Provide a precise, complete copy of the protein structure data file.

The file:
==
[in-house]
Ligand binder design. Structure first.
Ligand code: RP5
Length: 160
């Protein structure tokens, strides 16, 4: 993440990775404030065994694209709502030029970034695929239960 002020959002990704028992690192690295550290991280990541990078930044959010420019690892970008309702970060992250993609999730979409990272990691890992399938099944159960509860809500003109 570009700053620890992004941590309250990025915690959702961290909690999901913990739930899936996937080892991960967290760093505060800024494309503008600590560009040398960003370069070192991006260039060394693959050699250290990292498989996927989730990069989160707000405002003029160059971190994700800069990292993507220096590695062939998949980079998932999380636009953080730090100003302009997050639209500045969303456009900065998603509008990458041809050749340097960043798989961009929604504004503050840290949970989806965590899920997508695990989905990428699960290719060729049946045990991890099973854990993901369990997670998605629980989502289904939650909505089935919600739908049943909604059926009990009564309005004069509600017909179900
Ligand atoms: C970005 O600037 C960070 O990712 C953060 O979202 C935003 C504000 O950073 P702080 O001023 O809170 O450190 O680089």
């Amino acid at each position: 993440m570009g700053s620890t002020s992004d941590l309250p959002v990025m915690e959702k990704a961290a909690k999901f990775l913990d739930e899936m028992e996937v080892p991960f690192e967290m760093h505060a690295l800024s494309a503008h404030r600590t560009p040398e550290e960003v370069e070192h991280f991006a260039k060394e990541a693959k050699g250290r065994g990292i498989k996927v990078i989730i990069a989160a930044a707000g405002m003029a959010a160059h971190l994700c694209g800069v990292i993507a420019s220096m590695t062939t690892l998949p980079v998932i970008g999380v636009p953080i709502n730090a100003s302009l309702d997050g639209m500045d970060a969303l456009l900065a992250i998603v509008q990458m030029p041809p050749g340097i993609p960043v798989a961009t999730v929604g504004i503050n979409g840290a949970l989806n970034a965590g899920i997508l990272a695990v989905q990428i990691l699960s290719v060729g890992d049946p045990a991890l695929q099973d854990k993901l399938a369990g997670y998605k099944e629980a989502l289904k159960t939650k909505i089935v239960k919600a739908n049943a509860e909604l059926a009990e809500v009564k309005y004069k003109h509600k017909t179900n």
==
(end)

[in-house]
Ligand binder design. Structure first.
Ligand code: RP5
Length: 160
């Protein structure tokens, strides 16, 4: 993440990775404030065994694209709502030029970034695929239960 002020959002990704028992690192690295550290991280990541990078930044959010420019690892970008309702970060992250993609999730979409990272990691890992399938099944159960509860809500003109 570009700053620890992004941590309250990025915690959702961290909690999901913990739930899936996937080892991960967290760093505060800024494309503008600590560009040398960003370069070192991006260039060394693959050699250290990292498989996927989730990069989160707000405002003029160059971190994700800069990292993507220096590695062939998949980079998932999380636009953080730090100003302009997050639209500045969303456009900065998603509008990458041809050749340097960043798989961009929604504004503050840290949970989806965590899920997508695990989905990428699960290719060729049946045990991890099973854990993901369990997670998605629980989502289904939650909505089935919600739908049943909604059926009990009564309005004069509600017909179900
Ligand atoms: C970005 O600037 C960070 O990712 C953060 O979202 C935003 C504000 O950073 P702080 O001023 O809170 O450190 O680089």
């Amino acid at each position: 993440m570009g700053s620890t002020s992004d941590l309250p959002v990025m915690e959702k990704a961290a909690k999901f990775l913990d739930e899936m028992e996937v080892p991960f690192e967290m760093h505060a690295l800024s494309a503008h404030r600590t560009p040398e550290e960003v370069e070192h991280f991006a260039k060394e990541a693959k050699g250290r065994g990292i498989k996927v990078i989730i990069a989160a930044a707000g405002m003029a959010a160059h971190l994700c694209g800069v990292i993507a420019s220096m590695t062939t690892l998949p980079v998932i970008g999380v636009p953080i709502n730090a100003s302009l309702d997050g639209m500045d970060a969303l456009l900065a992250i998603v509008q990458m030029p041809p050749g340097i993609p960043v798989a961009t999730v929604g504004i503050n979409g840290a949970l989806n970034a965590g899920i997508l990272a695990v989905q990428i990691l699960s290719v060729g890992d049946p045990a991890l695929q099973d854990k993901l399938a369990g997670y998605k099944e629980a989502l289904k159960t939650k909505i089935v239960k919600a739908n049943a509860e909604l059926a009990e809500v009564k309005y004069k003109h509600k017909t179900n």